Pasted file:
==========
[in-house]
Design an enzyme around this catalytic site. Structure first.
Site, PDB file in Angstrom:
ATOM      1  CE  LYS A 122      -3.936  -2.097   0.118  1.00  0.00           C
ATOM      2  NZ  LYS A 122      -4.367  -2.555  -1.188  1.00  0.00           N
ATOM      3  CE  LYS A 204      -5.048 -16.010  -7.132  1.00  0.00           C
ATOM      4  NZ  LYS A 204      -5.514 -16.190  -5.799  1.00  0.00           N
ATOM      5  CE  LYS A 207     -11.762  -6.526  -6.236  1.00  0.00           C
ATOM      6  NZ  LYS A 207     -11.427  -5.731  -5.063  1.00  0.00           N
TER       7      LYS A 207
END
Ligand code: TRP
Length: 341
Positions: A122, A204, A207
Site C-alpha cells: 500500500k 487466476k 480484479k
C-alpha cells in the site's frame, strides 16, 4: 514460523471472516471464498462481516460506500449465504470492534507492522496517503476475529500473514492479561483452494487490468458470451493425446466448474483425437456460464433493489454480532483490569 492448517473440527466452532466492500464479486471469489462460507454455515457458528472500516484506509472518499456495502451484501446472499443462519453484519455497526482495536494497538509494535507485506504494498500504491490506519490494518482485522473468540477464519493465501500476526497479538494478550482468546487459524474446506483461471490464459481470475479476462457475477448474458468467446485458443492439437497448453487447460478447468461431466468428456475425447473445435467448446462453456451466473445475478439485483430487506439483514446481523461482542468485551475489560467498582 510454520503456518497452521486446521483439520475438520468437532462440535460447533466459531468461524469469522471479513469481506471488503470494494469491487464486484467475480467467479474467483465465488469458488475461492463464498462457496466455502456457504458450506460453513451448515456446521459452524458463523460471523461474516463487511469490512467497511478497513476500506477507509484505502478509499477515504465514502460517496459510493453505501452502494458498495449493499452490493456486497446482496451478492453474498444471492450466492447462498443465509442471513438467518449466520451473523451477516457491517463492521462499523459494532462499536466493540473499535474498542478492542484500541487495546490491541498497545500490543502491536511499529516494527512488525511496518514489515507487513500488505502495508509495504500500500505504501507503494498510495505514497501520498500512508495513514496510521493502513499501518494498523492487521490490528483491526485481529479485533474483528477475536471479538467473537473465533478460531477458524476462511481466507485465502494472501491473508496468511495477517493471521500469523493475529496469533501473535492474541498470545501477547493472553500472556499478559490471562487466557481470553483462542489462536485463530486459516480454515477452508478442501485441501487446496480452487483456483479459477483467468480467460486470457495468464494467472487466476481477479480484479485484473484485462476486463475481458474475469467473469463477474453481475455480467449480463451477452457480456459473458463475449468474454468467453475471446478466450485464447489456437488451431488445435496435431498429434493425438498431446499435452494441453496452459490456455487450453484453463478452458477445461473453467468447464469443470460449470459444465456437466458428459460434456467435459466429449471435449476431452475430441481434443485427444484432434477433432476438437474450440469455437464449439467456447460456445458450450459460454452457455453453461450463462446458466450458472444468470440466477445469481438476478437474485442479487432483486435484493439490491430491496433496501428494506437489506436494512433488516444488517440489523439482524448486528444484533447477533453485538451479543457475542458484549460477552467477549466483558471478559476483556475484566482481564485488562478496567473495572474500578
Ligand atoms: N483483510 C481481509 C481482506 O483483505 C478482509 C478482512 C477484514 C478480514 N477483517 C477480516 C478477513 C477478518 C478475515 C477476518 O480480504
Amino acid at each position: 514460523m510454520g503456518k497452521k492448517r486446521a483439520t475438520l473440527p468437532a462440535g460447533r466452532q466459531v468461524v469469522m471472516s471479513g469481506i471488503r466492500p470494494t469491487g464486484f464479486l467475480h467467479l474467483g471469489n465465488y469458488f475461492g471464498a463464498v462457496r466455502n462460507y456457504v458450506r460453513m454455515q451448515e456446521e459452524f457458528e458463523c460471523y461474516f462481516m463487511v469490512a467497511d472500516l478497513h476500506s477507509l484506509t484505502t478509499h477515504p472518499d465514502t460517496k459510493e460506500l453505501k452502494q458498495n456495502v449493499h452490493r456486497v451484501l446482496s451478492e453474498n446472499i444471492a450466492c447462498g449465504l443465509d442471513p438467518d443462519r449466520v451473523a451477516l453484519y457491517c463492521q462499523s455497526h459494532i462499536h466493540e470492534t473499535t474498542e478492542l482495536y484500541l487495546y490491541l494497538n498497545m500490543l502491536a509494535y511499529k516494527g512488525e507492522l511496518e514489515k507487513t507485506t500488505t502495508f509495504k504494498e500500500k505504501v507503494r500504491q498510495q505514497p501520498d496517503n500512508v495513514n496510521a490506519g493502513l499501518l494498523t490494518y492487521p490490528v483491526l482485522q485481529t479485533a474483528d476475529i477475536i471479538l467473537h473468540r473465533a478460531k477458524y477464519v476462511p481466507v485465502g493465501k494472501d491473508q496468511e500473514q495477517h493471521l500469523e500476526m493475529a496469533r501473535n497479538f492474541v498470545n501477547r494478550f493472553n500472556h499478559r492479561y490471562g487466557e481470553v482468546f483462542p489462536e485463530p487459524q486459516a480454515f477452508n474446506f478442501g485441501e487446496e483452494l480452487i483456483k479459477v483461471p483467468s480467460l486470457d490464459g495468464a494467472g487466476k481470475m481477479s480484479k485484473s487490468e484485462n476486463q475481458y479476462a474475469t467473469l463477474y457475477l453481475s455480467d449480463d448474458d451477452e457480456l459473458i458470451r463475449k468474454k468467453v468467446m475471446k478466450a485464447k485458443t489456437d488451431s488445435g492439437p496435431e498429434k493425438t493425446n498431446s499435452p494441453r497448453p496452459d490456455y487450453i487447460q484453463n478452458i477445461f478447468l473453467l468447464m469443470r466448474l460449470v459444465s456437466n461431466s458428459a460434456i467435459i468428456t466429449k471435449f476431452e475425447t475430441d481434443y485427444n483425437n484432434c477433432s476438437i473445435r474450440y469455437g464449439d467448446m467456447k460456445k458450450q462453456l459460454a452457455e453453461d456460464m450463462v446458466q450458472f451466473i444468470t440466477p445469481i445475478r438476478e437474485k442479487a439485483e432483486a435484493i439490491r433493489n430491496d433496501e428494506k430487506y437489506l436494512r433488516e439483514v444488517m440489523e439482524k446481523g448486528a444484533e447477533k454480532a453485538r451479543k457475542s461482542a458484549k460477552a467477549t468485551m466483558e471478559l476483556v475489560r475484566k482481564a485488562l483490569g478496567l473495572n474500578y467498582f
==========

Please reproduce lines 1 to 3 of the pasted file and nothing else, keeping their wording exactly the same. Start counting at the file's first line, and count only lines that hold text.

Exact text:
[in-house]
Design an enzyme around this catalytic site. Structure first.
Site, PDB file in Angstrom: